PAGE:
2.       And what can businesses learn from non-profits?

Always keep your eye on the mission. Always remember why it is that you’re doing what you’re doing.

In non-profits, the mission is so much more “in your face.” It’s at the forefront, every day, in everything that you do. In businesses, however, the mission could get lost. It would serve a business’s customers and themselves well to imbue this sense of mission in a real, tangible and vital way in their organization.

3.       What motivates your dedication to community service?

I come from a family with a tradition of being involved in the community. My grandfather was the gabbai of 770, ran a free loan society, collected money for maamad and Ezras Torah, was a shochet…. As for my parents, they took over the G’mach from him, and my father was on the board of several of our community’s institutions. I grew up in a family that was very much imbued with a spirit of giving.

And, of course, growing up in Lubavitch, shlichus is the epitome of what we’re all striving for. What is shlichus if not community service? Our entire lives are based on how to improve the world!

4.       What brought you to MEF in particular?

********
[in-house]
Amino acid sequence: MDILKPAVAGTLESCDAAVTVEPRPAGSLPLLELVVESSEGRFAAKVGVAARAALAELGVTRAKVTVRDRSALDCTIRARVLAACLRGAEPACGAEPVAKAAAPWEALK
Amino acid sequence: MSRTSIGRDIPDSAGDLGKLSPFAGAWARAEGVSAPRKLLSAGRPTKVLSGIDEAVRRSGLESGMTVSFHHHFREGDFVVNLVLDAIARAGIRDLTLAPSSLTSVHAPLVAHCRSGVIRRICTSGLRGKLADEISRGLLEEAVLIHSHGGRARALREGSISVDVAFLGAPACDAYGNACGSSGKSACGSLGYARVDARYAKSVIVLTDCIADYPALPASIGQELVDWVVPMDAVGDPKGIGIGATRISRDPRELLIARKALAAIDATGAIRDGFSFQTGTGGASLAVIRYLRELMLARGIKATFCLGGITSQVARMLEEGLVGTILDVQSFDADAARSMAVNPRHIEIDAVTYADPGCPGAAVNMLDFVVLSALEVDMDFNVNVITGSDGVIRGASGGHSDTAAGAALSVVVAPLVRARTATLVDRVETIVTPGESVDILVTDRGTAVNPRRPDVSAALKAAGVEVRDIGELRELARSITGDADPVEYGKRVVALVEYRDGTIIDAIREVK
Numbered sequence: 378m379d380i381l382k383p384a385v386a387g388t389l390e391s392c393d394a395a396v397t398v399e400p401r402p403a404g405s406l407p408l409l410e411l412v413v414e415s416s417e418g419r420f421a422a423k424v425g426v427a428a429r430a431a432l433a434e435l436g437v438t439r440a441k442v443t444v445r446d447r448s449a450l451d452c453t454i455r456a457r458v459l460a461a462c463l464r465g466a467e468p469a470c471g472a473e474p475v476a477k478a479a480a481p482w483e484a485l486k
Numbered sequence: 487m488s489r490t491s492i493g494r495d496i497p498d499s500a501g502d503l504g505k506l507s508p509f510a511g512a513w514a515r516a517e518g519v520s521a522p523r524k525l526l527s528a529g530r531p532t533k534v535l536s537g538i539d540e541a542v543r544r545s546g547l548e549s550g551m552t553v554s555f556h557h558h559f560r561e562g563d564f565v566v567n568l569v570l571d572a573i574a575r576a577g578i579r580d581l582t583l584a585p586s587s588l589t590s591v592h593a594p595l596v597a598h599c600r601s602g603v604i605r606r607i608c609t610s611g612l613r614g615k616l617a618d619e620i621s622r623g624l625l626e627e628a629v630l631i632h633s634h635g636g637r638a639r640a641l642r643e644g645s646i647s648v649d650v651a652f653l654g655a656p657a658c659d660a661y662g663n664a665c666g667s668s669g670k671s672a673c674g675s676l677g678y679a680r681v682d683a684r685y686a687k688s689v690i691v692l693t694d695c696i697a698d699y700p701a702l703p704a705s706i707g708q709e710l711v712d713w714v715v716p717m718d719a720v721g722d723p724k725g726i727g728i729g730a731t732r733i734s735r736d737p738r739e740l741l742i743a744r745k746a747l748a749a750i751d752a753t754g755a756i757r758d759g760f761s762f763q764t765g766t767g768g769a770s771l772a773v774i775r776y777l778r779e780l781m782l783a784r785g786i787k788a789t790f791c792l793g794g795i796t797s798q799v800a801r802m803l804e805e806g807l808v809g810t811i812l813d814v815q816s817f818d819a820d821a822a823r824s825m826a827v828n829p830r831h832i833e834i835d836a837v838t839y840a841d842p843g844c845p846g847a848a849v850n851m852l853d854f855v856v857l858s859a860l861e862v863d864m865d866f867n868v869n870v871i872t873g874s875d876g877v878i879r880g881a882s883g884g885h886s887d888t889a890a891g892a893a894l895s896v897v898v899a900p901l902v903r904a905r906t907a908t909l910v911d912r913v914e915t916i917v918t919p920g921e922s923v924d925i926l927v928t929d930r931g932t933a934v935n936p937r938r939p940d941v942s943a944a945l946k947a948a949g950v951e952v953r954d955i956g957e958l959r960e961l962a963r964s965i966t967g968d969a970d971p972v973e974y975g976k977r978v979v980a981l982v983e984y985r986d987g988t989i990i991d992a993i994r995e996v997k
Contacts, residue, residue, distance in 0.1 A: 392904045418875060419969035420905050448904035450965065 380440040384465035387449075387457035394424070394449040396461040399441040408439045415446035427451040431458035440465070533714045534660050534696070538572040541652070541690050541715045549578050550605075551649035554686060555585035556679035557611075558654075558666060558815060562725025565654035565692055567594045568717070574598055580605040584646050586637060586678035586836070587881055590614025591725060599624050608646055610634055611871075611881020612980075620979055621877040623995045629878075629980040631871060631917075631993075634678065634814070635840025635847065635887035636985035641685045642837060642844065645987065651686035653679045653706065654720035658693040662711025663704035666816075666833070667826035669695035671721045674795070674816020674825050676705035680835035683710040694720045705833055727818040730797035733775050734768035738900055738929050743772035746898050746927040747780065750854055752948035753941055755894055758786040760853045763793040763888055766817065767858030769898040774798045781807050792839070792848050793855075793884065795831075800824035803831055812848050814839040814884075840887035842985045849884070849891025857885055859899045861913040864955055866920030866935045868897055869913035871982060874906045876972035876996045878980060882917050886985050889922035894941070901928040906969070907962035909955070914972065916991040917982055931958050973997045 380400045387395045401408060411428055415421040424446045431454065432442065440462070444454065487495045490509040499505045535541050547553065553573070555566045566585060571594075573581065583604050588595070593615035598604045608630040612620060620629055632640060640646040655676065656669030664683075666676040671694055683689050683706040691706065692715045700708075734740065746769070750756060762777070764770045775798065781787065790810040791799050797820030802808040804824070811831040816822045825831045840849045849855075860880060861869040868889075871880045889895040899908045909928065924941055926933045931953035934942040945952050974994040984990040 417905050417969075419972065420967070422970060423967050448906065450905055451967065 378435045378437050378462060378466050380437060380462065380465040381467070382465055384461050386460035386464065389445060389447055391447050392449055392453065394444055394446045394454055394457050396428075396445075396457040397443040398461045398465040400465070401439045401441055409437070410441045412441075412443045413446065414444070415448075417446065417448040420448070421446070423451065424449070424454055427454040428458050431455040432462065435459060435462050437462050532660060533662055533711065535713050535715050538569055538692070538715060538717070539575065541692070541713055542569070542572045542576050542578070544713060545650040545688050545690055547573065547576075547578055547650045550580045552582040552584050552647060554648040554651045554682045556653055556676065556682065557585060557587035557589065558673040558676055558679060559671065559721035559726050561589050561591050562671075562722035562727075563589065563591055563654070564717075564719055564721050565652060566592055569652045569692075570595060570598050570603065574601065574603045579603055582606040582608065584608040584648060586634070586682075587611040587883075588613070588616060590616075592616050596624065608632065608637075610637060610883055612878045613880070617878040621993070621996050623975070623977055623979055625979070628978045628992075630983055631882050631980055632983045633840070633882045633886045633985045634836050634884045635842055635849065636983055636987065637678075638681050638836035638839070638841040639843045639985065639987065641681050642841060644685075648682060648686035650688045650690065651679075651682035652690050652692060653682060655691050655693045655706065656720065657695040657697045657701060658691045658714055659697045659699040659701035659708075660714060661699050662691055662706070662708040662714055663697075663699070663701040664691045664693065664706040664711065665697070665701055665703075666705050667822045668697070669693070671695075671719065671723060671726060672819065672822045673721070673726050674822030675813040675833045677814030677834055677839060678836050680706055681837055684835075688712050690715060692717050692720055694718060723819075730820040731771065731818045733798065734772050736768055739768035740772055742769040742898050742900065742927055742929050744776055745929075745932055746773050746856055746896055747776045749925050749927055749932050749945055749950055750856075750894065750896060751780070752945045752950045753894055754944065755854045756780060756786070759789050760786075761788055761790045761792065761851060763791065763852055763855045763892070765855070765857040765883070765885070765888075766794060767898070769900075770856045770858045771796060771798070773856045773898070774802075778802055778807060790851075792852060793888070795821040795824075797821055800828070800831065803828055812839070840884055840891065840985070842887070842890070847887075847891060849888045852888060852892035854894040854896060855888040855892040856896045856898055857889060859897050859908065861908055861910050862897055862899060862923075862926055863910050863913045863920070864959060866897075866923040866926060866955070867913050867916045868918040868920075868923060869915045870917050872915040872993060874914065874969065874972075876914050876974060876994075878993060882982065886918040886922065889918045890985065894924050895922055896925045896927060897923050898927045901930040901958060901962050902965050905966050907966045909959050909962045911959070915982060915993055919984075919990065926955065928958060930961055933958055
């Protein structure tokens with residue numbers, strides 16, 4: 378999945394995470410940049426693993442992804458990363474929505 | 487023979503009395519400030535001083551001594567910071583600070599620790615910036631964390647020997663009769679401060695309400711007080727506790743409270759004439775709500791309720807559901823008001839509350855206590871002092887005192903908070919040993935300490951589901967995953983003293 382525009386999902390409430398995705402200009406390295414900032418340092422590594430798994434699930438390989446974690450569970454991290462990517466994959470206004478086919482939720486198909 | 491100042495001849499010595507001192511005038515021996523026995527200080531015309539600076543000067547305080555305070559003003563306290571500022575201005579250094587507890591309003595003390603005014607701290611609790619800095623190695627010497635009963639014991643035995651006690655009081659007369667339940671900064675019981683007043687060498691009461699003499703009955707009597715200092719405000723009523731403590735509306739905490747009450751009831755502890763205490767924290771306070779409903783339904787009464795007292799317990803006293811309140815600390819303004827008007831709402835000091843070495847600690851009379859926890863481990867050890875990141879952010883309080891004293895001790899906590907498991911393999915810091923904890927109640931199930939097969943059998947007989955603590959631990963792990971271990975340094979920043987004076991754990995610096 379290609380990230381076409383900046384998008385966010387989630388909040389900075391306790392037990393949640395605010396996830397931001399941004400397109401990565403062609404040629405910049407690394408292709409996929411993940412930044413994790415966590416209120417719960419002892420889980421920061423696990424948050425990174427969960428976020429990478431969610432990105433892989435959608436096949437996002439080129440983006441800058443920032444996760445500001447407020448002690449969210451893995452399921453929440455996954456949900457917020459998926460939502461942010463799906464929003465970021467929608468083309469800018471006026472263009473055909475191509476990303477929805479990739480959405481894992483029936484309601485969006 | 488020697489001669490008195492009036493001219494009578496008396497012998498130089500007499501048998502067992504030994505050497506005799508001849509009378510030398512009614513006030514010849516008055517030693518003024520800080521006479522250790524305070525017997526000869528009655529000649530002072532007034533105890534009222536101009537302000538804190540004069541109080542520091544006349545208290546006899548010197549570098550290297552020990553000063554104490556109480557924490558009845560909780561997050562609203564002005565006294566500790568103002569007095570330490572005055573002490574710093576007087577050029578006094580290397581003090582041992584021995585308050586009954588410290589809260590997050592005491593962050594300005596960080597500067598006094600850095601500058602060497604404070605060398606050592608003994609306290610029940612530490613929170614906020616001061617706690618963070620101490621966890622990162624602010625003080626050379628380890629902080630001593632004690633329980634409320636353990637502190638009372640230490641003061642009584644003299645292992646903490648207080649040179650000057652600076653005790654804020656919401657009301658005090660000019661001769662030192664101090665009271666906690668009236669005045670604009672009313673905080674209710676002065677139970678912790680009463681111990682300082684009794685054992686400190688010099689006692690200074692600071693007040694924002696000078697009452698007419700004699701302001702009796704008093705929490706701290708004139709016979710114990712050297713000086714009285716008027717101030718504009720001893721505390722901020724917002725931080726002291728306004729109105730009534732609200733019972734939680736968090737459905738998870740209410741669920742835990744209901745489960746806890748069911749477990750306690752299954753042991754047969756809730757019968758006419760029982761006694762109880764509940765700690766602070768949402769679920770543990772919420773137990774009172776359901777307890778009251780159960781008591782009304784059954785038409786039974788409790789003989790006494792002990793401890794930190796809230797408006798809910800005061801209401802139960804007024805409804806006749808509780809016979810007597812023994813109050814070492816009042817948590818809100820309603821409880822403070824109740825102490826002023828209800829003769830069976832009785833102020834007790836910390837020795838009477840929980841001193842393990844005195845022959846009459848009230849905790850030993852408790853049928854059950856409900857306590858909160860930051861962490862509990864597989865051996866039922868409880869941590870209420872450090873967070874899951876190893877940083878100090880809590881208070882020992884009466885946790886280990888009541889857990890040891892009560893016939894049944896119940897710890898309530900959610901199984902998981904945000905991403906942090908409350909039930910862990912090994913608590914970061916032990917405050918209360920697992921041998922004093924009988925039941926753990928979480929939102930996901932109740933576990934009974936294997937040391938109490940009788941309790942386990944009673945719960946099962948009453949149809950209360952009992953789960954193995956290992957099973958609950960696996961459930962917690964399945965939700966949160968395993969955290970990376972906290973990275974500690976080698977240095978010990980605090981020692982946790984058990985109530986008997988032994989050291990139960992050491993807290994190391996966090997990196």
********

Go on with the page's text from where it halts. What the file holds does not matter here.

When Zalman called me, I had already heard of MEF by reading the various news items that were released about its Teacher Induction Program. What I saw was an organization that was already making a difference.

The fact that this organization was succeeding in getting teacher training to become part of the vernacular of our school systems and actively implemented it in a program spoke volumes about what MEF can accomplish. That intrigued me; the fact that a fairly young organization was able to partner with and encourage existing educational organizations to adopt change is impressive.

5.       How do you think MEF will benefit from your experience as a successful entrepreneur?

I think I bring a very broad set of skills and experience to the table. I’m hoping to deploy all of those skills to improve the functioning and growth of MEF. Having run a professional service organization for so many years, I’m hoping to expand our professional services capability at MEF, to accelerate the rate with which we can spread the adoption of the best practices that we promote across multiple organizations.